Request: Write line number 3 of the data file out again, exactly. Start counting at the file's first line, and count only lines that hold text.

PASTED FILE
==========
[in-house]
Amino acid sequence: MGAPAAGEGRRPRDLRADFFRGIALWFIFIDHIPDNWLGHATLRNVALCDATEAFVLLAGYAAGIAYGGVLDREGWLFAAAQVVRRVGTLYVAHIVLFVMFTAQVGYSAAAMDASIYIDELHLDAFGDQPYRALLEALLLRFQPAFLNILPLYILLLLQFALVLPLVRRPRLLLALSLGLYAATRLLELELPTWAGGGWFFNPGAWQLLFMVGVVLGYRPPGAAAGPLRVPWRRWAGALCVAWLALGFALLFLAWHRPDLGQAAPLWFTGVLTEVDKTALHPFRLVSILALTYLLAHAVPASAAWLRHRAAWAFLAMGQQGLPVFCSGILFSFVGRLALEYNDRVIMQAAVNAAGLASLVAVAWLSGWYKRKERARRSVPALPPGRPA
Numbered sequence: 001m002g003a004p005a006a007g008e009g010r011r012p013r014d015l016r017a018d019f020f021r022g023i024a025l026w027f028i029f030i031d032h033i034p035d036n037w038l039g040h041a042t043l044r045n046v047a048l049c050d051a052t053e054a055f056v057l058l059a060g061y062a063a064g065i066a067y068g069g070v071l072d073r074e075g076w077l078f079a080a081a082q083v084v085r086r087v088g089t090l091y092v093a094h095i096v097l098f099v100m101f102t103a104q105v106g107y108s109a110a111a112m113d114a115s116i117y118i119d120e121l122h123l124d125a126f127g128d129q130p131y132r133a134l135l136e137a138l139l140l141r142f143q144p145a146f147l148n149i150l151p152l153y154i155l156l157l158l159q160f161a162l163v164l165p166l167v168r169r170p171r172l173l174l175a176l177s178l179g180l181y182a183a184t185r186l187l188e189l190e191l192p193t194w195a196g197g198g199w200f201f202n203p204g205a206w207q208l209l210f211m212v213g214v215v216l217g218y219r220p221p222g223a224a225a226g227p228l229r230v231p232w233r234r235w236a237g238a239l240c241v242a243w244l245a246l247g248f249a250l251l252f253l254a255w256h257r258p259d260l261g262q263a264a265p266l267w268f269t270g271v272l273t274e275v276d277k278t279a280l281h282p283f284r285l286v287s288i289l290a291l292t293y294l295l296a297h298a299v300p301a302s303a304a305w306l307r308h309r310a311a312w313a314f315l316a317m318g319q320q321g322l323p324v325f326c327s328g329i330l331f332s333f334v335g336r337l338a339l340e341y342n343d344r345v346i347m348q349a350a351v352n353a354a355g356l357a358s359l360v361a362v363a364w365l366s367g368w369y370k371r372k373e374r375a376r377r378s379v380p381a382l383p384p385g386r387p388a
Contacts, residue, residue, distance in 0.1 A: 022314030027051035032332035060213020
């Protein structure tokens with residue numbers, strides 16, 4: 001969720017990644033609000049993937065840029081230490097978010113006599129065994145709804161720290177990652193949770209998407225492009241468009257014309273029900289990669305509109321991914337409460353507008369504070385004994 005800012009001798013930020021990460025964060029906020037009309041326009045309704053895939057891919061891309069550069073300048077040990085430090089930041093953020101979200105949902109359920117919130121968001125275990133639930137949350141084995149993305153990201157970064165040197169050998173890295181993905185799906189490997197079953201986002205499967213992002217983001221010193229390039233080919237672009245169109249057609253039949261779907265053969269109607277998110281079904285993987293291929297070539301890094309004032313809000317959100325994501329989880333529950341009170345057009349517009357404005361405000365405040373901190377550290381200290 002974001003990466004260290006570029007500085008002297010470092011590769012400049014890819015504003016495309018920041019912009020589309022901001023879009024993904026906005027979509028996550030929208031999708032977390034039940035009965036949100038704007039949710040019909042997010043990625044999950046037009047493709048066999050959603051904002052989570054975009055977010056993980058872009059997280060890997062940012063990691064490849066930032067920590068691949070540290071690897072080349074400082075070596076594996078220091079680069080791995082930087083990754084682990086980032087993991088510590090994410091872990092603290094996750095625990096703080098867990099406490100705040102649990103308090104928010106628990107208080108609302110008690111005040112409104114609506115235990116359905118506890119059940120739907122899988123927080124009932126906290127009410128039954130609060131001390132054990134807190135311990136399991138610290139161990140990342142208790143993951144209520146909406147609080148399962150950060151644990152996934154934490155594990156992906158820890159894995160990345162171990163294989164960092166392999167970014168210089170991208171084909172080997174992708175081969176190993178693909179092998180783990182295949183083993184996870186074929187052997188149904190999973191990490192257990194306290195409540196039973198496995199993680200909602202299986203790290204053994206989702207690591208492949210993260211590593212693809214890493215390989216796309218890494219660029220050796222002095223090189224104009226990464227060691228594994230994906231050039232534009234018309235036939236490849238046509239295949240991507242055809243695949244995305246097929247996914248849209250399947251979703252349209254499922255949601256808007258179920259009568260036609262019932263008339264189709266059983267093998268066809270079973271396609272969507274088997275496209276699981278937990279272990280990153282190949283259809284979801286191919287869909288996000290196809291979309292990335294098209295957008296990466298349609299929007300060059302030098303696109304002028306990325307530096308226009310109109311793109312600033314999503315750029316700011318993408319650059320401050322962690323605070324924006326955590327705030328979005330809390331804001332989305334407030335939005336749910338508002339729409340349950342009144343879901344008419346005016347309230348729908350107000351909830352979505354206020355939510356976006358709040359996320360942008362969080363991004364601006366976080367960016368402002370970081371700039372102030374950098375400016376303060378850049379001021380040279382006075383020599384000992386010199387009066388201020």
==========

Numbered sequence: 001m002g003a004p005a006a007g008e009g010r011r012p013r014d015l016r017a018d019f020f021r022g023i024a025l026w027f028i029f030i031d032h033i034p035d036n037w038l039g040h041a042t043l044r045n046v047a048l049c050d051a052t053e054a055f056v057l058l059a060g061y062a063a064g065i066a067y068g069g070v071l072d073r074e075g076w077l078f079a080a081a082q083v084v085r086r087v088g089t090l091y092v093a094h095i096v097l098f099v100m101f102t103a104q105v106g107y108s109a110a111a112m113d114a115s116i117y118i119d120e121l122h123l124d125a126f127g128d129q130p131y132r133a134l135l136e137a138l139l140l141r142f143q144p145a146f147l148n149i150l151p152l153y154i155l156l157l158l159q160f161a162l163v164l165p166l167v168r169r170p171r172l173l174l175a176l177s178l179g180l181y182a183a184t185r186l187l188e189l190e191l192p193t194w195a196g197g198g199w200f201f202n203p204g205a206w207q208l209l210f211m212v213g214v215v216l217g218y219r220p221p222g223a224a225a226g227p228l229r230v231p232w233r234r235w236a237g238a239l240c241v242a243w244l245a246l247g248f249a250l251l252f253l254a255w256h257r258p259d260l261g262q263a264a265p266l267w268f269t270g271v272l273t274e275v276d277k278t279a280l281h282p283f284r285l286v287s288i289l290a291l292t293y294l295l296a297h298a299v300p301a302s303a304a305w306l307r308h309r310a311a312w313a314f315l316a317m318g319q320q321g322l323p324v325f326c327s328g329i330l331f332s333f334v335g336r337l338a339l340e341y342n343d344r345v346i347m348q349a350a351v352n353a354a355g356l357a358s359l360v361a362v363a364w365l366s367g368w369y370k371r372k373e374r375a376r377r378s379v380p381a382l383p384p385g386r387p388a